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What you Need to Know About Estate Tax

What you Need to Know About Estate Tax - Cook and Co - Accountants - Featured Image

After your passing and before your assets are distributed to your beneficiaries, outstanding debts are settled within your estate including income taxes, probate fees and possibly capital gains tax (on investments, real estate, trusts, etc.). Your legal representative will file a “Date of Death” or “Terminal” tax return resulting in possible taxes being payable from the estate as it is settled. Any assets not automatically rolling over to the surviving spouse/partner will be subject to a “deemed disposition” at fair market value possibly resulting in a potential capital gain or loss on the deemed sale.  Careful tax planning, conducted ahead of time, can help you avoid a substantial tax hit to your estate and help you preserve more value to be distributed amongst your surviving heirs.


What can you do to minimize the taxes and other mitigations of your estate?

There are ways to protect your estate from current and future liabilities such as trust planning and estate freezes. These procedures work best when done in conjunction with other strategies.

  • Estate Freeze: A typical estate freeze allows you to exchange your common shares of your business for preference shares and have the company issue new common shares to a family trust or to your children and possibly yourself.  The value of the preferred shares issued in the exchange will be “frozen” at the value ascribed to them at the date of exchange with all future appreciation and growth in value accruing in favour of the newly issued common shares; thus, capping or limiting any future tax liability on the disposition of the preferred shares.
  • Trusts are a particularly useful tool for mitigating tax because they create a unique legal relationship that maintains ownership of an asset on behalf of the beneficiary. A trust can assist a surviving spouse avoid an adverse marginal tax rate they might otherwise be exposed to while also allowing for a continued and orderly splitting of income amongst family members.  Assets, like a family cottage, etc., can also be placed into trusts possibly deferring taxes for the next generation.
  • Charitable Donations spread your legacy, create a lasting social impact and are a powerful tool for lowering estate tax. The capital gains taxes can be substantially reduced and possibly eliminated altogether.  When assets, having appreciated in value, are donated to charitable causes.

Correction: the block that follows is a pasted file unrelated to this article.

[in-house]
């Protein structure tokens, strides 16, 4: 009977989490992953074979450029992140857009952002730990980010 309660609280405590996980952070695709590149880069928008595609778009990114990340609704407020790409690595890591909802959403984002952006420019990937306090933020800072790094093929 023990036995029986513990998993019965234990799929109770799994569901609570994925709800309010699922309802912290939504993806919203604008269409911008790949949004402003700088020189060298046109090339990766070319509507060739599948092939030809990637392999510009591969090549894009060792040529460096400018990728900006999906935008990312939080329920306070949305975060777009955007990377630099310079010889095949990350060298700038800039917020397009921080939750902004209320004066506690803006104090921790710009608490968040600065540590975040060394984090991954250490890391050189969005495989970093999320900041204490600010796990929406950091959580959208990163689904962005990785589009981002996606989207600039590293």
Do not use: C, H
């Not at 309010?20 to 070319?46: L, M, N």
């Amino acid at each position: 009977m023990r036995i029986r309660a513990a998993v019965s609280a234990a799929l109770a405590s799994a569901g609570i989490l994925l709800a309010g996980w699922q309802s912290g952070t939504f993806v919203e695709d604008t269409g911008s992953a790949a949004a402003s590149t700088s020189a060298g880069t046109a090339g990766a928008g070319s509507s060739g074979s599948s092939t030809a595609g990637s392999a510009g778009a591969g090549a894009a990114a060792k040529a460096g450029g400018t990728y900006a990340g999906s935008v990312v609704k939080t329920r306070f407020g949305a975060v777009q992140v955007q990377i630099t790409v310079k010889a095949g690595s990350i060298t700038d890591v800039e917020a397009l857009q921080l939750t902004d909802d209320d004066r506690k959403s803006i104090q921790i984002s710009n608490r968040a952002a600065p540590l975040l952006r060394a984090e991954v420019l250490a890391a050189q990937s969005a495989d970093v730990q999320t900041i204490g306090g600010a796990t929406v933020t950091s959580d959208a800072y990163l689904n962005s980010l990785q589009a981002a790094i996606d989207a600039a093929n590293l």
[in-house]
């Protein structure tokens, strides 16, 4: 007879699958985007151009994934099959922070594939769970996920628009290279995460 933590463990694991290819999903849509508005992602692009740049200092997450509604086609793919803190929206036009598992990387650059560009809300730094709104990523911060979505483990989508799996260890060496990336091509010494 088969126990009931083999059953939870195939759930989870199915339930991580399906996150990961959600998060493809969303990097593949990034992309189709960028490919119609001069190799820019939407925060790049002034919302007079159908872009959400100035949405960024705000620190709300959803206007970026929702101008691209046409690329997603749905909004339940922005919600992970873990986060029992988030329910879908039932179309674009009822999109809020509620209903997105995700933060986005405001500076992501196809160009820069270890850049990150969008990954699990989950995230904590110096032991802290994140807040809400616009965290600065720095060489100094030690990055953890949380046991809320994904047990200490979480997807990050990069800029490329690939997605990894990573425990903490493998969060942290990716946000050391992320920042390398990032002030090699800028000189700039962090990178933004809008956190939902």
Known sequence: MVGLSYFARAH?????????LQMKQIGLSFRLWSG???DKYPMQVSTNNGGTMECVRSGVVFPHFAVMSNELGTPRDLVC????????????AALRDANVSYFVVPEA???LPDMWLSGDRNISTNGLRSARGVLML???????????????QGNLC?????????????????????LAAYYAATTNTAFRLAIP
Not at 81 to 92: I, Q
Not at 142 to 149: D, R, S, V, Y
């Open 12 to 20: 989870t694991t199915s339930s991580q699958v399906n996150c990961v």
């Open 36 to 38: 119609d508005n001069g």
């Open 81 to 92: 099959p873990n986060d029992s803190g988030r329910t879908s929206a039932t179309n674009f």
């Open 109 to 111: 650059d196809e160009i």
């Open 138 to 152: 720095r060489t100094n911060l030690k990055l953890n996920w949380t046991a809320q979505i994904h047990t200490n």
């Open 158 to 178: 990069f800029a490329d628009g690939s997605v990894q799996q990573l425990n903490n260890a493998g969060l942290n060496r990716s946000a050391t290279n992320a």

• Transfer Property to Your Spouse:  One of the easiest and most straight forward ways to defer taxes on death is to have your property rollover automatically to your surviving spouse. The surviving spouse would simply slip into the shoes of the deceased spouse in regard to the assets’ ownership and carrying costs, etc. thereby deferring any gain on disposition until the death of the surviving spouse.
  • Buying Assets in Your Child’s Name: A simple and legal route to reduce estate taxes is to buy the article (artwork/property/jewelry, antiques, etc.) in your child’s name. They own the article and any appreciation in the value already belongs to them.

Significant tax losses on your estate are an important concern. Pass on the rewards of your efforts to the next generation. If you want to maximize the wealth of your estate and minimize the tax burden, contact a CPA. They can help reduce and defer the tax on your estate.

Interested in reducing and/or deferring the tax burden on your estate? Contact Cook and Company Chartered Professional Accountants. Whether you operate a sole proprietorship or a conglomerate with multiple subsidiaries, Cook and Company uses their experience and expertise to help you. Contact us for a complimentary consultation.

Request A Complimentary Consultation with a CPA


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